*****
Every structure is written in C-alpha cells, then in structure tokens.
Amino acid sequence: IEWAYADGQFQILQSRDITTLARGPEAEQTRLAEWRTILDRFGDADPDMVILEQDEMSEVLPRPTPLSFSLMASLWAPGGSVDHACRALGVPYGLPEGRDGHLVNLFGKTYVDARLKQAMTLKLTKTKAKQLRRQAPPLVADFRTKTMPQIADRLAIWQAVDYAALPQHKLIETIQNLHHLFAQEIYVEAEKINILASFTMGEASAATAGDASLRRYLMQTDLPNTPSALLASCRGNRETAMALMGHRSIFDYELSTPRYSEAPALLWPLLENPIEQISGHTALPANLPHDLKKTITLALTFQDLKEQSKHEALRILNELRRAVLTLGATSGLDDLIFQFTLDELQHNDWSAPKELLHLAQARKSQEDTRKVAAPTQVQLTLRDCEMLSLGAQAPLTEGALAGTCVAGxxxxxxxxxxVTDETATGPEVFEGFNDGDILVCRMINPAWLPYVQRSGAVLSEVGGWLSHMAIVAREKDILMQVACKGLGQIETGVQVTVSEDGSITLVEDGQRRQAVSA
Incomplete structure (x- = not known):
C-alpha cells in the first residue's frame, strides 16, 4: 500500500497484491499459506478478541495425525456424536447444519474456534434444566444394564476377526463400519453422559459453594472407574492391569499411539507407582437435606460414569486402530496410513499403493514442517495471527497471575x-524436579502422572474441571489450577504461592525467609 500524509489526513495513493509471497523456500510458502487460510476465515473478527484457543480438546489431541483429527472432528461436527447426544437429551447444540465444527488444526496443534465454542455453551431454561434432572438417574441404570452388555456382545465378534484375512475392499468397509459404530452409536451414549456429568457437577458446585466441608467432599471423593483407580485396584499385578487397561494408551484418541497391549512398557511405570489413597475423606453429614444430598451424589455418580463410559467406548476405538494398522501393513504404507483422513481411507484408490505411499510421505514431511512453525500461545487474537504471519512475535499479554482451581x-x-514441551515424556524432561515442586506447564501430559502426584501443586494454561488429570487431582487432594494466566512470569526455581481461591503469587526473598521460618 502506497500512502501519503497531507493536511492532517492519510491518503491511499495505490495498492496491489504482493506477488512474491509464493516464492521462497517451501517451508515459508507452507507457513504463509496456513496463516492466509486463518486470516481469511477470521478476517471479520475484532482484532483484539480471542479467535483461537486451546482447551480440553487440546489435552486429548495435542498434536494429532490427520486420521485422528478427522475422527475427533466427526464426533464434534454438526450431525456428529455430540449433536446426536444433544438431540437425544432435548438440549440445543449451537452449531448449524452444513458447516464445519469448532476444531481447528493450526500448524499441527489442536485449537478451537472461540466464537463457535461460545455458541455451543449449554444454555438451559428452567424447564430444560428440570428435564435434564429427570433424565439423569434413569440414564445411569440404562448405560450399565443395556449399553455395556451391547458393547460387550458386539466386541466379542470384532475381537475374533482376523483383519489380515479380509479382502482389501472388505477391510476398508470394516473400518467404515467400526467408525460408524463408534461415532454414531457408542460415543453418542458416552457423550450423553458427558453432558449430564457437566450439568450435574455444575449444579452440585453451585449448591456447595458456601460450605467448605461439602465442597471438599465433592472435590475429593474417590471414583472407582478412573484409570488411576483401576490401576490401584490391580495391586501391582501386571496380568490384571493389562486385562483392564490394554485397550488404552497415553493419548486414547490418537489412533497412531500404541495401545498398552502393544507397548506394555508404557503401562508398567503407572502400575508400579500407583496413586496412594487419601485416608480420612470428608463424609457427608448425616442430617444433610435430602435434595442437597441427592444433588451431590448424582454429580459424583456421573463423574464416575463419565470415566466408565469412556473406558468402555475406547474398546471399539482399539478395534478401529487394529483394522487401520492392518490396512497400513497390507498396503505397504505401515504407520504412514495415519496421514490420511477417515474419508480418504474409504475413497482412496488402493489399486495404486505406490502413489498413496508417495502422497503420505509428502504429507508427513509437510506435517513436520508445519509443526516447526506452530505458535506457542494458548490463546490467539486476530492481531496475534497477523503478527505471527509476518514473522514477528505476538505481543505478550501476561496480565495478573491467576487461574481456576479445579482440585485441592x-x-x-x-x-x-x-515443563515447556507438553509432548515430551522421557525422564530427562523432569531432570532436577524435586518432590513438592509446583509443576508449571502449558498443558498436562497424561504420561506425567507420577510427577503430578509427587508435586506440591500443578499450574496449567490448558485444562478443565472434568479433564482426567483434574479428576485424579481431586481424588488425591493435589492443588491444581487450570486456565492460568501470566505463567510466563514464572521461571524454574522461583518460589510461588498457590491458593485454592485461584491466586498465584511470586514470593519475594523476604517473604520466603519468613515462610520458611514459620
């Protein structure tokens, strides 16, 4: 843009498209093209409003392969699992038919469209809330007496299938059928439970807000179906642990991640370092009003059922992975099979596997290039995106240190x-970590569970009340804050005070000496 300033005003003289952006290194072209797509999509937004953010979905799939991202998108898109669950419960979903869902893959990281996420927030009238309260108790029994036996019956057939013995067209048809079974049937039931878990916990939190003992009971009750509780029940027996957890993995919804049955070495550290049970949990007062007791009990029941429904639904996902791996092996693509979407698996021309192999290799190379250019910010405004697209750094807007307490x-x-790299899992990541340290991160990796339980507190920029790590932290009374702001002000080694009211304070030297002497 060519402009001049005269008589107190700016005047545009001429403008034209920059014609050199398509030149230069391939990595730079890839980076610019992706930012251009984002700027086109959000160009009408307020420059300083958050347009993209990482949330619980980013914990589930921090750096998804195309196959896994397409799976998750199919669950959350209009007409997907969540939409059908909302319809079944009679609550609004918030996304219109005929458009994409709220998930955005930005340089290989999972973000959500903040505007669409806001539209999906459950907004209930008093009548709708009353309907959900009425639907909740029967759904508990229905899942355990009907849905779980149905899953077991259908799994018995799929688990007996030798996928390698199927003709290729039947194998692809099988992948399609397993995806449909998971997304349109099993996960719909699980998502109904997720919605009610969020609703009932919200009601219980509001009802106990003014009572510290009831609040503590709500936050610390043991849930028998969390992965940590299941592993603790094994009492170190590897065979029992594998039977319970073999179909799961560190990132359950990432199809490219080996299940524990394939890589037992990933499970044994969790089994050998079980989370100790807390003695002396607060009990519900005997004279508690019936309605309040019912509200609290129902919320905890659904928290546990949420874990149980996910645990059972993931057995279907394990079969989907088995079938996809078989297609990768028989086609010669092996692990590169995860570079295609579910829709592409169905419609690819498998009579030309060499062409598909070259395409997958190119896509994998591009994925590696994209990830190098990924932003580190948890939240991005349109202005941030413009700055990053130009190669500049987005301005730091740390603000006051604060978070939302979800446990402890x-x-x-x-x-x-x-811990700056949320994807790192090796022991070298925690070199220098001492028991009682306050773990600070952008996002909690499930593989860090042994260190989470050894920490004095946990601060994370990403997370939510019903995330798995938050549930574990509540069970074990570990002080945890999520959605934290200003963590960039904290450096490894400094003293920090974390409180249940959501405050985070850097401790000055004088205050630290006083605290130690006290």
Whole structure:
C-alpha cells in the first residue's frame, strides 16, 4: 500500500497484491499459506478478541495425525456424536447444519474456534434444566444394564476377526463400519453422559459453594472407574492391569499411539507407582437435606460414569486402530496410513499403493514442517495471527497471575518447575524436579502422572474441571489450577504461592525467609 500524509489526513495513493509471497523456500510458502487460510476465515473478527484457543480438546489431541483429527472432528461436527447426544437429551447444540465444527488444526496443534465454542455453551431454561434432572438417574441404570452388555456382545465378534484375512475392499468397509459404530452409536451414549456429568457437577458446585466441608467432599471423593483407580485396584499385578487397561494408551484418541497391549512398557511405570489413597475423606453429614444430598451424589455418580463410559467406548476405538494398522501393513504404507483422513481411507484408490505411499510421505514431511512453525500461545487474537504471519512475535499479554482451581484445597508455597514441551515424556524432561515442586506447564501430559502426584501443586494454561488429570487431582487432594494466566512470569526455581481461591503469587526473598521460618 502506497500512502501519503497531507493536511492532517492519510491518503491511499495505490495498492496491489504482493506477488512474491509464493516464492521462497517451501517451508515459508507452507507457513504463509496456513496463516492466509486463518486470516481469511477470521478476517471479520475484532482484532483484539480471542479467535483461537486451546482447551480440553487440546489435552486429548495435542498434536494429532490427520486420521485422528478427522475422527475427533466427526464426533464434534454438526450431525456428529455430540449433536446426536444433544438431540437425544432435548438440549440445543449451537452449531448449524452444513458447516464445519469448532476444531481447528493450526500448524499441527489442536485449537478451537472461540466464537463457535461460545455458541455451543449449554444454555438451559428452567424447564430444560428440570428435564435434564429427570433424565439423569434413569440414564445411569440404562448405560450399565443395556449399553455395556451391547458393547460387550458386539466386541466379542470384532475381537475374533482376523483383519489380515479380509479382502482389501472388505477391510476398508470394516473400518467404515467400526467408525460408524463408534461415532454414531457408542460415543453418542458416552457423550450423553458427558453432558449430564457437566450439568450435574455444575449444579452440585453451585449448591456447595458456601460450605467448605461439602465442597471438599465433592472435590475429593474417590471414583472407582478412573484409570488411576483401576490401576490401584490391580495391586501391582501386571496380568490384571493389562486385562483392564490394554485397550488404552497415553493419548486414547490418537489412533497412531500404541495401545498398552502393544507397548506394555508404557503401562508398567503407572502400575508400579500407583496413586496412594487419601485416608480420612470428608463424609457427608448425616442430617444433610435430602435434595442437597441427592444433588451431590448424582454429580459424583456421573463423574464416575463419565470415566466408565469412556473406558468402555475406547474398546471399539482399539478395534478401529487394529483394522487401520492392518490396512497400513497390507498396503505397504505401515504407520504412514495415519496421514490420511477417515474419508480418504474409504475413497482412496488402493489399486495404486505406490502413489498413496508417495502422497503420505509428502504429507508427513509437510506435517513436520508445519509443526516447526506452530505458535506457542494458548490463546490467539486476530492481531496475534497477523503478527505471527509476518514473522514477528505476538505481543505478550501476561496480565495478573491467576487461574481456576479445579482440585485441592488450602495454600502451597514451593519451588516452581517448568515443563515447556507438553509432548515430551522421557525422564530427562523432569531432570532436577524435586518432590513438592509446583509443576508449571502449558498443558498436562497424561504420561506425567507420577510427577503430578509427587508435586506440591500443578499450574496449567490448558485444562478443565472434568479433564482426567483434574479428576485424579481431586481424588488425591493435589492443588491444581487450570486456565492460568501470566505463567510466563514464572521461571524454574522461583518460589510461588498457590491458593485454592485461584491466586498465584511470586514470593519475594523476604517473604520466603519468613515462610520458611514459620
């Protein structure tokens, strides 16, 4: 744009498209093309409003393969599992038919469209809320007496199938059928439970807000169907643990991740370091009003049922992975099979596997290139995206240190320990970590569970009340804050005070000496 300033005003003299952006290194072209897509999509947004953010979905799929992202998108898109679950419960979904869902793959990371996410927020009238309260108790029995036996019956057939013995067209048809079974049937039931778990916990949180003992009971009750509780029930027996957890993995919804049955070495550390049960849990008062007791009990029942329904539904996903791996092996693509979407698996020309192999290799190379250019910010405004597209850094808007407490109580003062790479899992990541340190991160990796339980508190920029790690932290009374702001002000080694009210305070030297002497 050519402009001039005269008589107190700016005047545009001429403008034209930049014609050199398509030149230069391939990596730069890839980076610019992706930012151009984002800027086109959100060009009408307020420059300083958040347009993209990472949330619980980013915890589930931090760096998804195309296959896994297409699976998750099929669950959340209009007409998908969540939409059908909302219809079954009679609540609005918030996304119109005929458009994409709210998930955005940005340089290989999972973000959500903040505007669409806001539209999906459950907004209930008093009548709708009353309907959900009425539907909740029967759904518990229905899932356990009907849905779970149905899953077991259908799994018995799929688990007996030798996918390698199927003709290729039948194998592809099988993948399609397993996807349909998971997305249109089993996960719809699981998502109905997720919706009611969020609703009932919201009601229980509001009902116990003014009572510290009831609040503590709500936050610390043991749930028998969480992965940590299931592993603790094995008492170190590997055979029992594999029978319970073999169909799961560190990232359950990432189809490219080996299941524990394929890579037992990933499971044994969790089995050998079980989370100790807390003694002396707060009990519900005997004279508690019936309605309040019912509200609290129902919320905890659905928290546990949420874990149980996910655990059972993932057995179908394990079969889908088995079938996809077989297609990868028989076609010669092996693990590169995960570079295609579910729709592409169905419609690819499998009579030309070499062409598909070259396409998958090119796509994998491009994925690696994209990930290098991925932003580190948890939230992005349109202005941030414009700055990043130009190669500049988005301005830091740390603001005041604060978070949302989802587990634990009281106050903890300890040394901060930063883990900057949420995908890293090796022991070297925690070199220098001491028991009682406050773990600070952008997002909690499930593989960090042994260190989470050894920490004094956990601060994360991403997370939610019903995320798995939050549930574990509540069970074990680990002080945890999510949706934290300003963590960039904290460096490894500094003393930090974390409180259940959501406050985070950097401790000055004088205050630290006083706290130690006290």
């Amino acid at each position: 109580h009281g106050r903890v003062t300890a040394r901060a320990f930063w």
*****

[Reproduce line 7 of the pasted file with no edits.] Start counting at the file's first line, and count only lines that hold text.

C-alpha cells in the first residue's frame, strides 16, 4: 500500500497484491499459506478478541495425525456424536447444519474456534434444566444394564476377526463400519453422559459453594472407574492391569499411539507407582437435606460414569486402530496410513499403493514442517495471527497471575518447575524436579502422572474441571489450577504461592525467609 500524509489526513495513493509471497523456500510458502487460510476465515473478527484457543480438546489431541483429527472432528461436527447426544437429551447444540465444527488444526496443534465454542455453551431454561434432572438417574441404570452388555456382545465378534484375512475392499468397509459404530452409536451414549456429568457437577458446585466441608467432599471423593483407580485396584499385578487397561494408551484418541497391549512398557511405570489413597475423606453429614444430598451424589455418580463410559467406548476405538494398522501393513504404507483422513481411507484408490505411499510421505514431511512453525500461545487474537504471519512475535499479554482451581484445597508455597514441551515424556524432561515442586506447564501430559502426584501443586494454561488429570487431582487432594494466566512470569526455581481461591503469587526473598521460618 502506497500512502501519503497531507493536511492532517492519510491518503491511499495505490495498492496491489504482493506477488512474491509464493516464492521462497517451501517451508515459508507452507507457513504463509496456513496463516492466509486463518486470516481469511477470521478476517471479520475484532482484532483484539480471542479467535483461537486451546482447551480440553487440546489435552486429548495435542498434536494429532490427520486420521485422528478427522475422527475427533466427526464426533464434534454438526450431525456428529455430540449433536446426536444433544438431540437425544432435548438440549440445543449451537452449531448449524452444513458447516464445519469448532476444531481447528493450526500448524499441527489442536485449537478451537472461540466464537463457535461460545455458541455451543449449554444454555438451559428452567424447564430444560428440570428435564435434564429427570433424565439423569434413569440414564445411569440404562448405560450399565443395556449399553455395556451391547458393547460387550458386539466386541466379542470384532475381537475374533482376523483383519489380515479380509479382502482389501472388505477391510476398508470394516473400518467404515467400526467408525460408524463408534461415532454414531457408542460415543453418542458416552457423550450423553458427558453432558449430564457437566450439568450435574455444575449444579452440585453451585449448591456447595458456601460450605467448605461439602465442597471438599465433592472435590475429593474417590471414583472407582478412573484409570488411576483401576490401576490401584490391580495391586501391582501386571496380568490384571493389562486385562483392564490394554485397550488404552497415553493419548486414547490418537489412533497412531500404541495401545498398552502393544507397548506394555508404557503401562508398567503407572502400575508400579500407583496413586496412594487419601485416608480420612470428608463424609457427608448425616442430617444433610435430602435434595442437597441427592444433588451431590448424582454429580459424583456421573463423574464416575463419565470415566466408565469412556473406558468402555475406547474398546471399539482399539478395534478401529487394529483394522487401520492392518490396512497400513497390507498396503505397504505401515504407520504412514495415519496421514490420511477417515474419508480418504474409504475413497482412496488402493489399486495404486505406490502413489498413496508417495502422497503420505509428502504429507508427513509437510506435517513436520508445519509443526516447526506452530505458535506457542494458548490463546490467539486476530492481531496475534497477523503478527505471527509476518514473522514477528505476538505481543505478550501476561496480565495478573491467576487461574481456576479445579482440585485441592488450602495454600502451597514451593519451588516452581517448568515443563515447556507438553509432548515430551522421557525422564530427562523432569531432570532436577524435586518432590513438592509446583509443576508449571502449558498443558498436562497424561504420561506425567507420577510427577503430578509427587508435586506440591500443578499450574496449567490448558485444562478443565472434568479433564482426567483434574479428576485424579481431586481424588488425591493435589492443588491444581487450570486456565492460568501470566505463567510466563514464572521461571524454574522461583518460589510461588498457590491458593485454592485461584491466586498465584511470586514470593519475594523476604517473604520466603519468613515462610520458611514459620